The largest piece of public art ever commissioned by the city, the Berkeley Big People is a statue commemorating the city's many protests. The 30-foot sculpture is the work of artist Scott Donahue.


  • Berkeley Big People
    Berkeley Big People

Completed in 2008 by artist Scott Donahue, the Berkeley Big People statue memorializes Berkeley's well-known history of civil demonstrations. The sculpture is a 30-foot tall work made of fiberglass, and is visible for about a mile in either direction from I-80.

The sculpture depicts a group of angry protesters with raised fists. The sculpture references some of the more famous demonstrations from Berkeley's past, including the People's Park protest, Mario Savio and the Free Speech movement, and a disabled person leaving a wheelchair behind to crawl up the steps of City Hall. 

At the base of the sculpture, the protesters merge into several figures representing different aspects of Bay area life: a birdwatcher, a musician, a jogger, and a boater.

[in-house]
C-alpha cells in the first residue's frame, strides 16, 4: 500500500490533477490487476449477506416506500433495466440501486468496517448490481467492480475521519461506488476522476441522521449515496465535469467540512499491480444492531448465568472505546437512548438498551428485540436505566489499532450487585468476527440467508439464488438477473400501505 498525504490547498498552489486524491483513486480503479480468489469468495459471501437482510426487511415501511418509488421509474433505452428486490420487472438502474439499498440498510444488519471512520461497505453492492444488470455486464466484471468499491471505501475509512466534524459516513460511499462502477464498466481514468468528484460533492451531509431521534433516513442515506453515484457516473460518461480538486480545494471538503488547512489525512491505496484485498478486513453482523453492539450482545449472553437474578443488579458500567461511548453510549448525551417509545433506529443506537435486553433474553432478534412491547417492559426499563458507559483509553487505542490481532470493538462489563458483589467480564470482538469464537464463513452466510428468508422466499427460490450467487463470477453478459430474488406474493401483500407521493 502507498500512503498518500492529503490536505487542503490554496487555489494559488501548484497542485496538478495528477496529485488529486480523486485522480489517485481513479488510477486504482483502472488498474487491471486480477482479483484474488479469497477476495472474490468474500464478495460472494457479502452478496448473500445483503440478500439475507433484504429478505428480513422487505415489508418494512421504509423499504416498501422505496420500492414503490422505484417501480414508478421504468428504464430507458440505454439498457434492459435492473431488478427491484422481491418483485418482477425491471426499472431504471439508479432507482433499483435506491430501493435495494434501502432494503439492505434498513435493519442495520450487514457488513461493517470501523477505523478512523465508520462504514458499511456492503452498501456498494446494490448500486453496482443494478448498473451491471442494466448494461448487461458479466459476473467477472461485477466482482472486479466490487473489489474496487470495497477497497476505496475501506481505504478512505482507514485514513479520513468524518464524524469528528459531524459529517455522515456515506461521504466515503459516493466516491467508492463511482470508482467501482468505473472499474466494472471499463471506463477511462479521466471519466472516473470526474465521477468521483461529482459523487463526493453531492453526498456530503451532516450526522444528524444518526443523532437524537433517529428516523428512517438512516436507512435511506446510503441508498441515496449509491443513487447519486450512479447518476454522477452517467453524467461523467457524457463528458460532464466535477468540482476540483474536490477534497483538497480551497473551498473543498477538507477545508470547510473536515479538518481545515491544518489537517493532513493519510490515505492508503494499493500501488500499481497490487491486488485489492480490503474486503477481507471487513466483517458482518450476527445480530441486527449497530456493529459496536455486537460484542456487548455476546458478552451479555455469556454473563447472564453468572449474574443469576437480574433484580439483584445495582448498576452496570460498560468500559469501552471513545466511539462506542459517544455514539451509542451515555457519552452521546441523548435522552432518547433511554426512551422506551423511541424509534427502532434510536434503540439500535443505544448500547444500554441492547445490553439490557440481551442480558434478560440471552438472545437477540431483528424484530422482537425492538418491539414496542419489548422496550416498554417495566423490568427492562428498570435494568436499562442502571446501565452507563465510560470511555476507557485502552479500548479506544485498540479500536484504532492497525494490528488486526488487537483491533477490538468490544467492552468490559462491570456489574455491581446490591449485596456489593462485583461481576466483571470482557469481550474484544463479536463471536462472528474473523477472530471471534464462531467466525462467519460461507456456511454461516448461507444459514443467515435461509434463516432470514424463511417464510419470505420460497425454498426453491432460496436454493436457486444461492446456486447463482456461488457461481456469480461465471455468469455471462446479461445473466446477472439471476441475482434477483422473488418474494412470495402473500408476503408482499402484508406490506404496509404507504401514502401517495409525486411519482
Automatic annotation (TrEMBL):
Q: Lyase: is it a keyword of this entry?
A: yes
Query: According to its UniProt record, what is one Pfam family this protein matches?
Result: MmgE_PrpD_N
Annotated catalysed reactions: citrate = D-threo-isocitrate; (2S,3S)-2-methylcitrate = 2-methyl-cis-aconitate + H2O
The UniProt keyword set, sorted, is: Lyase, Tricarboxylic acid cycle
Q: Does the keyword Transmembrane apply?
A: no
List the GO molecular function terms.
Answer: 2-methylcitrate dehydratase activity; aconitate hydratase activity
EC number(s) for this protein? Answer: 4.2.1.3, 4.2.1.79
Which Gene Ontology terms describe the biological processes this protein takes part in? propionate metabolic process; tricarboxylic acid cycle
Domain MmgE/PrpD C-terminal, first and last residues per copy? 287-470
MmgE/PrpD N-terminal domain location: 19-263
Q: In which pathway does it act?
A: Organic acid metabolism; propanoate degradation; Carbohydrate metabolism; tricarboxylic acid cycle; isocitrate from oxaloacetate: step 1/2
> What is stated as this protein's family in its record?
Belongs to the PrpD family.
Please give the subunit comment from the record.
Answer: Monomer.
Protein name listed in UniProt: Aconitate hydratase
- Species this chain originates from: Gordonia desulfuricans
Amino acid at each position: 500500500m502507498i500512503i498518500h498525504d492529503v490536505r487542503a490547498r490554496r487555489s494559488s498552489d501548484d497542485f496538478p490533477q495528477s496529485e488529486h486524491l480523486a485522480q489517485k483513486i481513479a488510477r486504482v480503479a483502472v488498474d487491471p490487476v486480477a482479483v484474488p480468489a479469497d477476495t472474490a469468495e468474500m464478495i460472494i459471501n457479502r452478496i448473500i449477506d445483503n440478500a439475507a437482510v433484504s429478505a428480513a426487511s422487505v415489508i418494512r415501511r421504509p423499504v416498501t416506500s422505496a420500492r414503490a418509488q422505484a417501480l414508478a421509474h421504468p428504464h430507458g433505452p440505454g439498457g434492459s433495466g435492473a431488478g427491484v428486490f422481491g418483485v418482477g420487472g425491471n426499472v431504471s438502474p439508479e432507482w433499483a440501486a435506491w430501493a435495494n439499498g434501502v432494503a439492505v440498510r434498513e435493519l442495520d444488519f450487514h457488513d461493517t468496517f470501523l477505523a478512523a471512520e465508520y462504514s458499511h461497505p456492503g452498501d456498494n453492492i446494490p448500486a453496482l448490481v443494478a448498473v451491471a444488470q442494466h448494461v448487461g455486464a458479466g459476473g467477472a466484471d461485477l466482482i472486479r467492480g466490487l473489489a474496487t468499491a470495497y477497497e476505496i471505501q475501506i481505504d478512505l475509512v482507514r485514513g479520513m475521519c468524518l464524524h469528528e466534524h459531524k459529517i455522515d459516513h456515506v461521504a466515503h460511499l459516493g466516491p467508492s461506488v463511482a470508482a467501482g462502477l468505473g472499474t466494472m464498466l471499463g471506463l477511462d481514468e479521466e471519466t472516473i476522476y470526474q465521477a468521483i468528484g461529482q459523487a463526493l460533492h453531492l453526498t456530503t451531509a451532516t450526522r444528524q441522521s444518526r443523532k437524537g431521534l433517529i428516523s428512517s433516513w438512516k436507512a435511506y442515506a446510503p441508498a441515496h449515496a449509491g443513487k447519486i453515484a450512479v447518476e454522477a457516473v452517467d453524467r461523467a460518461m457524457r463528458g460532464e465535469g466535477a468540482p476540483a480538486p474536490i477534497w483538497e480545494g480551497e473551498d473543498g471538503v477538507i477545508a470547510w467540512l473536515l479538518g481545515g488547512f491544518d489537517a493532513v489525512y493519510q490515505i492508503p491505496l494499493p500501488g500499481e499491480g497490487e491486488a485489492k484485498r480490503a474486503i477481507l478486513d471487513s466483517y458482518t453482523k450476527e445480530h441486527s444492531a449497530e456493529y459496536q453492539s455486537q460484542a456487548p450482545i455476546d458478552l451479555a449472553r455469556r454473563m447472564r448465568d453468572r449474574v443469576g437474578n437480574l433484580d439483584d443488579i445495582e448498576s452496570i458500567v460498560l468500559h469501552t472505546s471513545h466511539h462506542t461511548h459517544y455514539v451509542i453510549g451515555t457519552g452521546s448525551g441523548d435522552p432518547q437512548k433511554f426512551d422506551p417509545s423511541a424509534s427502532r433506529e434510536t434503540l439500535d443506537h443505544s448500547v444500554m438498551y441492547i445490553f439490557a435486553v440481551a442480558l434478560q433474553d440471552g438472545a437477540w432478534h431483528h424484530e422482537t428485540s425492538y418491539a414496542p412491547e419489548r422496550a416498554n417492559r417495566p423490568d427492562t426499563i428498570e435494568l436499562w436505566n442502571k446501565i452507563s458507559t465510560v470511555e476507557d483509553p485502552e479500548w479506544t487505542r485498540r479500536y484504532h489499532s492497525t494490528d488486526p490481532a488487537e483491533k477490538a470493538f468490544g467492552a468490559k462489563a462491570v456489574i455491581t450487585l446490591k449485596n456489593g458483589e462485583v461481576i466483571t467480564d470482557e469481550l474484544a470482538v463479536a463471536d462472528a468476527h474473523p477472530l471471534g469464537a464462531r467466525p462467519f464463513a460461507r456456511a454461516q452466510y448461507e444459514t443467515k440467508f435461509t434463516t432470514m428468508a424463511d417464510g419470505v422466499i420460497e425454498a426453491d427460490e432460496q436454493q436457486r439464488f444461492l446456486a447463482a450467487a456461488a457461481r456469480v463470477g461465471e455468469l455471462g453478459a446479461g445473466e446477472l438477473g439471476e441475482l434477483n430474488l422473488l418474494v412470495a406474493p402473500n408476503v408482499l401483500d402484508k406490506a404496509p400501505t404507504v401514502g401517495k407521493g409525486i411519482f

The sculpture's location might strike some as an odd choice, as it not near the university where many of the protests took place. But the piece was positioned in such a way that it would serve as a gateway to the city, welcoming visitors to Berkeley, a city with a long history of civil demonstrations.

Jones, Carolyn. Sculpture Depicts Berkeley's Biggest Protests. SFGate. October 17, 2008. Accessed June 19, 2017. http://www.sfgate.com/bayarea/article/Sculpture-depicts-Berkeley-s-biggest-protests-3190228.php.